The findings address concerns about breast cancer screening capacity, as the number of imaging facilities offering screening has decreased over the past decade -- and the number of available mammography machines per 10,000 women ages 40 and older has decreased, wrote a team led by Dr. Christoph Lee of the University of Washington.
"As DBT is adopted into clinical practice, it is uncertain whether the already shrinking number of imaging facilities can maintain their screening capacities," the group wrote. "DBT requires a longer imaging acquisition time ... [and] is associated with a doubling of the radiologists' interpretation time. ... Understanding facility-level volume changes associated with the adoption of DBT is a critical step in determining whether additional barriers to screening access may exist."
Lee's group investigated whether the adoption of DBT had a negative impact on facility-level screening volumes at facilities in the Breast Cancer Surveillance Consortium (BCSC) that began using the technology between 2011 and 2014 (15 of 83 facilities, or 18.1%). Of these 15 facilities, 73.3% had no academic affiliation, 80% were nonprofit, and 66.7% were general radiology practices.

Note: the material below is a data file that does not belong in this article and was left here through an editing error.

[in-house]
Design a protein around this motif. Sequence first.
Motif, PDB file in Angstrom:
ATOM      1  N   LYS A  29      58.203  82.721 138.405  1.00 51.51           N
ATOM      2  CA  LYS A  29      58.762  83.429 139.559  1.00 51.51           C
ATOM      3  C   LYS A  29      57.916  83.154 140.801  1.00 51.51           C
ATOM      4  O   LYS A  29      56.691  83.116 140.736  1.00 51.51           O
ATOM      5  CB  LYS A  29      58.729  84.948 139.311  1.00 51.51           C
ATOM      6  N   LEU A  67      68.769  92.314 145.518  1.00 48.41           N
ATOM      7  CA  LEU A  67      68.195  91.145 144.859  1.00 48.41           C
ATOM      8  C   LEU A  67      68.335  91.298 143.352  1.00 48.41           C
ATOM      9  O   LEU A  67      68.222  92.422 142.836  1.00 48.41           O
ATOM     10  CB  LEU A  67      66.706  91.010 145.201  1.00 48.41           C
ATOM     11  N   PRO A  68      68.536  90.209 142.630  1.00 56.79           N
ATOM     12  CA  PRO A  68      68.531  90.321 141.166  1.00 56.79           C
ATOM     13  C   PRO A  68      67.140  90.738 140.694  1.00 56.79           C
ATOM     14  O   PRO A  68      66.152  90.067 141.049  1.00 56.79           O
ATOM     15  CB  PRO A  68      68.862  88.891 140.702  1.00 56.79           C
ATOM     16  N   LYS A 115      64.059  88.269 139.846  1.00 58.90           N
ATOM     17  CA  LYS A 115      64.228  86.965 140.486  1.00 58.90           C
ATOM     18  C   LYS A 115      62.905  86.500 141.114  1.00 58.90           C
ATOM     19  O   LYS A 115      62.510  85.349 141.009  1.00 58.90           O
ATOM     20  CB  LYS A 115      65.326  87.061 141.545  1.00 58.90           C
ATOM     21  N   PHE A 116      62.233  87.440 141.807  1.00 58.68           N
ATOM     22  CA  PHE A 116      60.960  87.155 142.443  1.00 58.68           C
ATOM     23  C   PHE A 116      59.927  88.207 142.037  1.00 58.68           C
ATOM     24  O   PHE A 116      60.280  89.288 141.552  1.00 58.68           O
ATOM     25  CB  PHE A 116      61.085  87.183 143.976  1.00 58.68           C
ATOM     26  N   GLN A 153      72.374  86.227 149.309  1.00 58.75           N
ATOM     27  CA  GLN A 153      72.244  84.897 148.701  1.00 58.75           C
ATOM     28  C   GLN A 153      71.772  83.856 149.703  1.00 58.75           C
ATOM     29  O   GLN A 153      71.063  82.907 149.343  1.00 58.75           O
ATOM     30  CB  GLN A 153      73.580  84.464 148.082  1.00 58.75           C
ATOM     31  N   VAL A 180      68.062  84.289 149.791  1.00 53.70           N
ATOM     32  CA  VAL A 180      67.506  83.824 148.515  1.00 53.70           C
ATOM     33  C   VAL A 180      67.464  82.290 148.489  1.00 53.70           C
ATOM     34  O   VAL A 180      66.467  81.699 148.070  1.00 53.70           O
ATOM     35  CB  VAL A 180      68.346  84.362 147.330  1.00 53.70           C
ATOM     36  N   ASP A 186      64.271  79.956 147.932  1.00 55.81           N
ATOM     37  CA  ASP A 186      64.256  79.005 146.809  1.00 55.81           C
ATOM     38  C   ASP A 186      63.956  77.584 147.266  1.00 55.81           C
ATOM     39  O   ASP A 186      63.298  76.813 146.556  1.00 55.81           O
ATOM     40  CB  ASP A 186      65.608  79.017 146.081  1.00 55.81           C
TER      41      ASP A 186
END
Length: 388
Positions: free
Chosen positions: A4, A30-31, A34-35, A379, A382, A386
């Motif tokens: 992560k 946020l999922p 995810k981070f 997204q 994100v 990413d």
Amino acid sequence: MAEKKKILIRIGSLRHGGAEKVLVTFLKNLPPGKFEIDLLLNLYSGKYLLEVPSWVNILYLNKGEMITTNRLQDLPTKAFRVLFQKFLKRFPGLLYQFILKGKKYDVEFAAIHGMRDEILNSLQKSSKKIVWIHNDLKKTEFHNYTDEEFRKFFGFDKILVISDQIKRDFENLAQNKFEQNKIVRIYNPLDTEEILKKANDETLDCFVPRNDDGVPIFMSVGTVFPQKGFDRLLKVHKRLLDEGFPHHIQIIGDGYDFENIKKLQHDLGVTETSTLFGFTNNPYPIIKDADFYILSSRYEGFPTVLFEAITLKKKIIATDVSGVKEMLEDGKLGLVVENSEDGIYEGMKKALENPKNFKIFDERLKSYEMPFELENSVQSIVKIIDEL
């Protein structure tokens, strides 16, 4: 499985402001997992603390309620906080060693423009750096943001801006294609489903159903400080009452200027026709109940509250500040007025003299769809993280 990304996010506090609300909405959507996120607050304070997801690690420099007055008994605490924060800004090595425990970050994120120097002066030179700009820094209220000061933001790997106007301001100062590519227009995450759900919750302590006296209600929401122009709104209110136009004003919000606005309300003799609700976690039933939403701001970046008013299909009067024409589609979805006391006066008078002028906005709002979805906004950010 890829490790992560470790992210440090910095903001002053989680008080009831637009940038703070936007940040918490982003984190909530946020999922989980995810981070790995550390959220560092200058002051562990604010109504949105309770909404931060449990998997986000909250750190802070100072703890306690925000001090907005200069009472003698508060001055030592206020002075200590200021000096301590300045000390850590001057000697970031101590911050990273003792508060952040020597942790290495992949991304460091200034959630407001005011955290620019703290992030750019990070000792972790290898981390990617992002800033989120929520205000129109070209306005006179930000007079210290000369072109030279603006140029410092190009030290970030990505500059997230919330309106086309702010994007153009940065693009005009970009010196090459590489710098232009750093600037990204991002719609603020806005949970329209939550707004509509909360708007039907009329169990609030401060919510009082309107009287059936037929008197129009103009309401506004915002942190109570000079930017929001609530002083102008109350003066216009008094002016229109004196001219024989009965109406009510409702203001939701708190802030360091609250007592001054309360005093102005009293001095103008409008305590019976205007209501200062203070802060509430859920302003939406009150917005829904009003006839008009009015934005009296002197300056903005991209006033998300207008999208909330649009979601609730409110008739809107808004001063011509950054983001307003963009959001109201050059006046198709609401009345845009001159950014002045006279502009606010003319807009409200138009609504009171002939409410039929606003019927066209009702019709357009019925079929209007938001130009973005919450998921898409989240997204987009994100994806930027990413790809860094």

All 15 facilities incorporated a single DBT unit; half of these replaced a digital mammography unit with the new DBT device, while the other half kept existing digital mammography units active while adding the DBT unit to their operations (AJR, November 2018, Vol. 211:11, pp. 957-963).
The researchers found that facility-level monthly screening volumes were actually higher after DBT adoption, with an overall increase of 7.2% in mean monthly volumes across facilities.
They also noted the following:
- More than half of the facilities that implemented DBT (53.3%) saw a change of 5% or less in the total mean monthly screening volume (either increase or decrease) when comparing the pre- and postadoption periods.
- No facilities experienced a decrease of more than 10% in monthly screening volume.
- The three facilities that kept their existing digital mammography units and added a DBT device to the workflow saw an increase of more than 20% in the mean monthly screening volume after DBT was implemented.
What's the bottom line? DBT doesn't negatively affect screening volume -- in fact, it seems to increase it, Lee and colleagues concluded.
"Contrary to concerns regarding increased image acquisition time and interpretation time that could theoretically decrease screening capacity, monthly screening examination volumes were maintained and slightly increased," the group wrote.
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